Mepha’s attacked embodiment instead comprises tenofovir disoproxil phosphate.

Now, is that still ‘the product’ in the sense of Art. 140d PatA?

The parties agreed to disagree on this issue in the hearing. Gilead insisted that the ‘typical product definition’ has to be applied, in a sense that the fumarate is only to be understood as a ‘reference’ for the assessment of whether or not yet another salt form has the same pharmacological effect. If it had, then it should be considered ‘the same product’.

On the other hand, Mepha argued that the term ‘product’ is defined in Art. 140a(2) PatA, and it is to be construed within the context of the PatA; the Therapeutic Products Act (TPA) was not relevant in this respect. Thus, infringement has to be assessed as it is routinely done, i.e. deciding on whether there is literal infringment or infringement under the DoE. Mepha argued that the SPC is neither literally infringed, nor under the DoE.

The expert opinion of the judge-rapporteur held that the SPC was infringed, apparently essentially along the line of Gilead’s arguments. Still, in case the court followed the expert opinion, Mepha requested the court to provide a full assessment of infringement in the judgment, also including an assessment of literal infringement and infringement under the DoE. The Supreme Court would then be in a position to review the whole matter at once and in a timely manner, without the need to remit the case back to the FPC to carry out yet another assessment.

As mentioned above, Truvada® is a pharmaceutical for the treatment of HIV-1 infection. But Mepha recently obtained the market authorization of its Emtricitabin-Tenofovir-Mepha® in Switzerland also for PrEP – which is short for Pre-Exposure Prophylaxis; see Swissmedic Journal 02/19. More information on PrEP can be found on Gilead’s website here. However, Gilead currrently has no MA for PrEP in Switzerland; Mepha’s MA is the only one in Switzerland for this indication.

PrEP likely is the reason why this case attracted quite some public attention. There has even been an organised Facebook event in St. Gallen; and flyer have been distributed, see here and here.

Groupe sida‘ activists

On a sidenote, when a member of the audience wore a shirt with one of these slogans on it, the presiding judge held that this was an attempt to influence the judges, and thus ordered him to either hide the slogan / change clothes; or to leave the court room.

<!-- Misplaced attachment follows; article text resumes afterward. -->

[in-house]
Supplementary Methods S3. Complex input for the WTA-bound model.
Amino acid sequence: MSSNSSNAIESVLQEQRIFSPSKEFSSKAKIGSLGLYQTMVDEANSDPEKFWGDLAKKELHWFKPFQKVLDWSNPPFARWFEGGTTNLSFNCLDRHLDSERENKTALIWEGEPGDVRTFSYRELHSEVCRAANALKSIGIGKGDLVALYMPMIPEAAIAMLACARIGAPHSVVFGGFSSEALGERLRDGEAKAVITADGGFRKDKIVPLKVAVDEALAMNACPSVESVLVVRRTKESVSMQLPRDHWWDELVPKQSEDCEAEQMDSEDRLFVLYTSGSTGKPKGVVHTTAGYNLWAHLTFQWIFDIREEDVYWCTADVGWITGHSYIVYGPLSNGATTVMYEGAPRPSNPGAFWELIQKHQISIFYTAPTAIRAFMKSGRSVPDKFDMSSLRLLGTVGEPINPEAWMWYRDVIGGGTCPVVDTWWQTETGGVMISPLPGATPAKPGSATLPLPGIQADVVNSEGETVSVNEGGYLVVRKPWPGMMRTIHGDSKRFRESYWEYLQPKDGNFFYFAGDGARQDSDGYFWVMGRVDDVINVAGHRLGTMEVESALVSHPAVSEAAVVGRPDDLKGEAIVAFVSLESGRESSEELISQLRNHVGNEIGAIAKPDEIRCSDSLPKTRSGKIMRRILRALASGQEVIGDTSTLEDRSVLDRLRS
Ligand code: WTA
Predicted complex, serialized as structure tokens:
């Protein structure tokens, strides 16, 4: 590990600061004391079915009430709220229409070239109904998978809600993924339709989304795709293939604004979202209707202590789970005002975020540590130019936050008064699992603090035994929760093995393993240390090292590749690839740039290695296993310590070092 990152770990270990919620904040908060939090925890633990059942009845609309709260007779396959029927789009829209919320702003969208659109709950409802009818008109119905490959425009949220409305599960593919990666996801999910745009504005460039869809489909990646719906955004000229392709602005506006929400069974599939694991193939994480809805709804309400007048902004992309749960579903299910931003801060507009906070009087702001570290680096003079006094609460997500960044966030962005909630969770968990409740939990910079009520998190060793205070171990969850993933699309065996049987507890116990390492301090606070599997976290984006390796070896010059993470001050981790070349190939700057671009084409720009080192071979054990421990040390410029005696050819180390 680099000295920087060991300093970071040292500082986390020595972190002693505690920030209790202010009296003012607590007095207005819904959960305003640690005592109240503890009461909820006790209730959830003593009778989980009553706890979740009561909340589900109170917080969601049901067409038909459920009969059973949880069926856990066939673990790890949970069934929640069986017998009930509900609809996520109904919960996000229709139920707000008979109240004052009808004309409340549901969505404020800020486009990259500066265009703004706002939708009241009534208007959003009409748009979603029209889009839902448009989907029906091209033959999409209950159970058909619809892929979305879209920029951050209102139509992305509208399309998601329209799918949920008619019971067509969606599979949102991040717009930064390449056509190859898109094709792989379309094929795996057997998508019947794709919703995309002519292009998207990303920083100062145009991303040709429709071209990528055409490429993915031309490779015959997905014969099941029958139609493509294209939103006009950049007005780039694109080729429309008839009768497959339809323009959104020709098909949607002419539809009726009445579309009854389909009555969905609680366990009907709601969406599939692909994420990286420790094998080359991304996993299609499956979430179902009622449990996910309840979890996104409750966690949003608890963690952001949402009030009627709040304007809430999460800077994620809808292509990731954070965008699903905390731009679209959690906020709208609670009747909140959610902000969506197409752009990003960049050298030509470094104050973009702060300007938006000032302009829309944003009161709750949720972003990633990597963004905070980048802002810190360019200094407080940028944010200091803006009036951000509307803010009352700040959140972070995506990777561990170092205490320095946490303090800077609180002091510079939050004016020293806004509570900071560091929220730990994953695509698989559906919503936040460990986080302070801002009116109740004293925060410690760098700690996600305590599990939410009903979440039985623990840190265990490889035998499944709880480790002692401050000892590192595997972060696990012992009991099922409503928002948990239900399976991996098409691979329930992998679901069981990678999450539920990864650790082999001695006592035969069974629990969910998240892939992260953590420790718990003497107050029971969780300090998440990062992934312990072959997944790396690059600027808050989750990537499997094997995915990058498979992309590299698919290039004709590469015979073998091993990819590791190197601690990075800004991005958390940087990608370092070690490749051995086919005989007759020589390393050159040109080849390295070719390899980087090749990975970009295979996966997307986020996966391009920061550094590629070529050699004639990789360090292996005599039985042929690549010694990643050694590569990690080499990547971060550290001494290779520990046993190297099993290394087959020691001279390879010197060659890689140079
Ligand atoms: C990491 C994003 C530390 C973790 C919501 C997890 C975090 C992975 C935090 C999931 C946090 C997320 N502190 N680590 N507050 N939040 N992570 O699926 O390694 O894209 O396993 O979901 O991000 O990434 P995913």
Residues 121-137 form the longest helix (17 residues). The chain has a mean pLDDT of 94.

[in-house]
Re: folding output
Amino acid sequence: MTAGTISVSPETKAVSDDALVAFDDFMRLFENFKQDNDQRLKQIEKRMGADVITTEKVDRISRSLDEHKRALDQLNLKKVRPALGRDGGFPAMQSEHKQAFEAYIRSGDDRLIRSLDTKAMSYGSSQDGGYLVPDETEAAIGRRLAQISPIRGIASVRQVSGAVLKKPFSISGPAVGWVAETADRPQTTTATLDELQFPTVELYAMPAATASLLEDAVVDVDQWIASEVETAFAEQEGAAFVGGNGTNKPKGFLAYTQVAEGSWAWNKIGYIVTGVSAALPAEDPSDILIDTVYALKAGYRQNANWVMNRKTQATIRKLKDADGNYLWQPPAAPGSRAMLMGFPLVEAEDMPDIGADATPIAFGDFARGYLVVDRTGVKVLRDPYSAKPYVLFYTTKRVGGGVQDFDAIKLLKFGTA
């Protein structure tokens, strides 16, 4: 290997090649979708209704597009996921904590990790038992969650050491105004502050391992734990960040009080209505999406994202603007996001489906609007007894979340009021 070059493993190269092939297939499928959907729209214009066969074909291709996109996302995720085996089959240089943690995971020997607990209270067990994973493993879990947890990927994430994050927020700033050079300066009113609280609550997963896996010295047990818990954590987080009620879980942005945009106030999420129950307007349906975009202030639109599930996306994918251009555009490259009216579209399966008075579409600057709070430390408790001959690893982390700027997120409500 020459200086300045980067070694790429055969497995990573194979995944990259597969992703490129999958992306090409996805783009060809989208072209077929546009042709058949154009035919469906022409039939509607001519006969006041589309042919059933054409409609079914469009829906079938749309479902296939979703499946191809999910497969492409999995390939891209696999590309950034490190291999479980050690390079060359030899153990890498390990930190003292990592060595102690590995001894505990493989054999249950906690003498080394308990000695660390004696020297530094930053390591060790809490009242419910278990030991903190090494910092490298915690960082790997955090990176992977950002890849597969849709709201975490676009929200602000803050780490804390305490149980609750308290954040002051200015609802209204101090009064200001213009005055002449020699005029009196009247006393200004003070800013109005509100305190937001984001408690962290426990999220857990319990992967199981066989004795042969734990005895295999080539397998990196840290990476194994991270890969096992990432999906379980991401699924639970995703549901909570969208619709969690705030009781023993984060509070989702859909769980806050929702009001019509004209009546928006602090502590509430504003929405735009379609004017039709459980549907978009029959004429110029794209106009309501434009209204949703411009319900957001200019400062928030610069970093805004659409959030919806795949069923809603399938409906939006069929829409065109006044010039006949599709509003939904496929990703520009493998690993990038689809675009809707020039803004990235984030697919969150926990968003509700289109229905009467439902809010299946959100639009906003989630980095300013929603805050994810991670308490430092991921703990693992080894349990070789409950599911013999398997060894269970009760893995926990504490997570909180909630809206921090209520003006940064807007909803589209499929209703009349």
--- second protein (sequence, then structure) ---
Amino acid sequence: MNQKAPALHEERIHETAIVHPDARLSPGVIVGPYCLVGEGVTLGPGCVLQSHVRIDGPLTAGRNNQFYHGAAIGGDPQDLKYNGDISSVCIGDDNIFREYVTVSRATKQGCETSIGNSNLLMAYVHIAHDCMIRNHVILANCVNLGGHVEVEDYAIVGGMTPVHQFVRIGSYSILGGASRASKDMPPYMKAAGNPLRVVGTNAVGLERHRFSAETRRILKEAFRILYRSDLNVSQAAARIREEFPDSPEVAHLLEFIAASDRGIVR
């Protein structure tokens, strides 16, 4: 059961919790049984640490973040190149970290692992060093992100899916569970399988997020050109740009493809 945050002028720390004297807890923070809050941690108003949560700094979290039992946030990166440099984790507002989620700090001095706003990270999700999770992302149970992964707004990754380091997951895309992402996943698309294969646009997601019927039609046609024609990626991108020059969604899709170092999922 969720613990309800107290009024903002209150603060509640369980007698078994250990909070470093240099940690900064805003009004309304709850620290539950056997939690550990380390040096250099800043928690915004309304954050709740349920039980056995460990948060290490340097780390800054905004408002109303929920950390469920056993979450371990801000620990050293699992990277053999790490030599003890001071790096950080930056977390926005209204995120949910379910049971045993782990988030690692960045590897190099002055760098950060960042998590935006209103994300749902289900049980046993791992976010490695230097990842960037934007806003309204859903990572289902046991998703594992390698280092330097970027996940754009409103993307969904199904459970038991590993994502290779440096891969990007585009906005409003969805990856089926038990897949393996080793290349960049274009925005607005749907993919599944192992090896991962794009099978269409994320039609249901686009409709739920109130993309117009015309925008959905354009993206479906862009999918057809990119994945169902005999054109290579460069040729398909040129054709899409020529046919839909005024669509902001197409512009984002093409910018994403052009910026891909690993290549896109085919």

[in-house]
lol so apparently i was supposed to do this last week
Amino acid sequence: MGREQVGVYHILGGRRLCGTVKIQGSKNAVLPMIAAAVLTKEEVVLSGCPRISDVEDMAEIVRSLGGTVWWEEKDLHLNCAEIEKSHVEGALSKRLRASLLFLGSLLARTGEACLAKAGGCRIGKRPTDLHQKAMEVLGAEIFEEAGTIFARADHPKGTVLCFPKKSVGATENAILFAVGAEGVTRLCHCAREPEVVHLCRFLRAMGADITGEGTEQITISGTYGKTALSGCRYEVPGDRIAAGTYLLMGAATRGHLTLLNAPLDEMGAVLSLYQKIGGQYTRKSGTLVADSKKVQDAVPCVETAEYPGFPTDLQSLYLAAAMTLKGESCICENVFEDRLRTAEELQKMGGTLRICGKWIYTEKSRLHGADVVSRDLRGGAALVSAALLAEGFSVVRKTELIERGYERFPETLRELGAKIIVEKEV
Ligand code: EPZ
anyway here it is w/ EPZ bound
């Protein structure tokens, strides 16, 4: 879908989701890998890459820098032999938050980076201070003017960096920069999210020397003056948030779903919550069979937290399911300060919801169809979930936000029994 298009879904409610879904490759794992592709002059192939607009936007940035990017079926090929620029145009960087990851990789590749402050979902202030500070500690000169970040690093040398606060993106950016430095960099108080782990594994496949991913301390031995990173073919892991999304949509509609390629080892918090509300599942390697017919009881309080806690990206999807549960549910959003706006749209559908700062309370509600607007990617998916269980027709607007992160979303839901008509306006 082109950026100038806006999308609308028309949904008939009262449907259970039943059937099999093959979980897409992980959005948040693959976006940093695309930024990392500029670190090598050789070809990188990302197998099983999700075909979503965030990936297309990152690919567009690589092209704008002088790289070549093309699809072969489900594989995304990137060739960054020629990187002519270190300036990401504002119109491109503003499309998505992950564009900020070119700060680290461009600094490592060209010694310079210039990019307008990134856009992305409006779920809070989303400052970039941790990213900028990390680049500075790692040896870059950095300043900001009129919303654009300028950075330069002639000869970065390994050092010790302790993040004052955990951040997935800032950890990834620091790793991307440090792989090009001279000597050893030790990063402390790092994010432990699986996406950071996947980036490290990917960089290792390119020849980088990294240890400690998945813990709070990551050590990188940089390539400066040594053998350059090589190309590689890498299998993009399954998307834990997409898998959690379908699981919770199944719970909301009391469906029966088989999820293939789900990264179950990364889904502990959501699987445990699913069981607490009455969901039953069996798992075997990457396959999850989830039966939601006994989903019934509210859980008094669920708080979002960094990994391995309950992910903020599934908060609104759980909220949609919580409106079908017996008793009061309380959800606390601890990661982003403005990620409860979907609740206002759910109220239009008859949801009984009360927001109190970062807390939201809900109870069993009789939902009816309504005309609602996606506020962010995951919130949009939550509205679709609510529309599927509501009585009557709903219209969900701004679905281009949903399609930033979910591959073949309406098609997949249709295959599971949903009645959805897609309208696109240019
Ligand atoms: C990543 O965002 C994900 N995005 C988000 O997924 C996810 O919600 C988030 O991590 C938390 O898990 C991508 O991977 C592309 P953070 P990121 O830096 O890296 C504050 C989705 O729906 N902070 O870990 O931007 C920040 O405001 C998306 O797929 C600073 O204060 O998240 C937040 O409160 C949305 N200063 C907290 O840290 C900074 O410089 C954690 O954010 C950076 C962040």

The NZZ reported on the matter, as well as the ‘Tagesschau‘:

 
Reported by Martin WILMING

BIBLIOGRAPHY

Case No. O2017_023 | Hearing of 4 April 2019

Gilead Sciences Inc.
./.
Mepha Pharma AG

Panel of Judges:

  • Dr. Christoph GASSER
  • Dr. Tobias BREMI
  • Marco ZARDI

Judge-rapporteur:

  • Dr. Tobias BREMI

Court Clerk:

  • Susanne ANDERHALDEN

Representative(s) of Plaintiff:

  • Dr. Simon HOLZER (MLL)
  • Dr. Andreas SCHÖLLHORN (LSP), assisting in patent matters

Representative(s) of Defendant:

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Roses are red; violets are blue — It’s all obvious! Well, is that true?

Reading time: 5 minutes

Case Nos. O2016_010, O2016_011 | Hearing of 20 March 2019

Twice upon a time …

I have attended the main hearings in both these nullity cases, i.e. O2016_010 relating to EP 2 347 250 B1 (see EPO Register and Swissreg ) and O2016_011 relating to EP 2 352 018 B1 (see EPO Register and Swissreg). Note that EP’018 is based on a divisional application of EP’250.

The inventions are all about the capacitive testing of yarns or fabric, wherein the dielectric property of a capacitor arrangement is determined.

Patentability

It became clear from the pleadings that the defendant’s main request in both cases was that the patent be maintained in amended form only. In my understanding, the expert-opinion of the judge-rapporteur had held that the main request in O2016_010 / EP’250 was allowable, but not in O2016_011EP’018.

Novelty has not been an issue anymore, in both cases. Only obviousness, undue extension of subject-matter (interim generalisation) and clarity (of the additional feature) have been discussed. D2 (US 4,843,879; referred to in EP’250, ¶[0007]) was apparently agreed to be the closest prior art, and was combined in the assessment of obviousness with either D4 or D11 — both of which have unfortunately not been identified.

For me as a chemist, the highlight of the day was the plaintiff’s emotional release:

That’s not chemistry here; it’s physics!

The formulation of the ‘objective technical problem’ was quite a big deal in the hearing. This is what EP’250 says in ¶[0009] (emphasis added):

It is therefore the aim of the present invention to provide a method for the symmetry adjustment of a device for the capacitive examination of a moving elongated textile test sample which does not have the above disadvantages. The device should be simple, fast, cost-effective and, in particular, automatically adjustable.

Flower power, with roses in particular

Now, can automation be considered as the ‘objective technical problem’? In the plaintiff’s view, the ‘in particular’ is an emphasis of the aim of automation. The defendant disagreed: Automation was an add-on, and the other advantages could well be realised without automation. On the funny side, the following example has been used: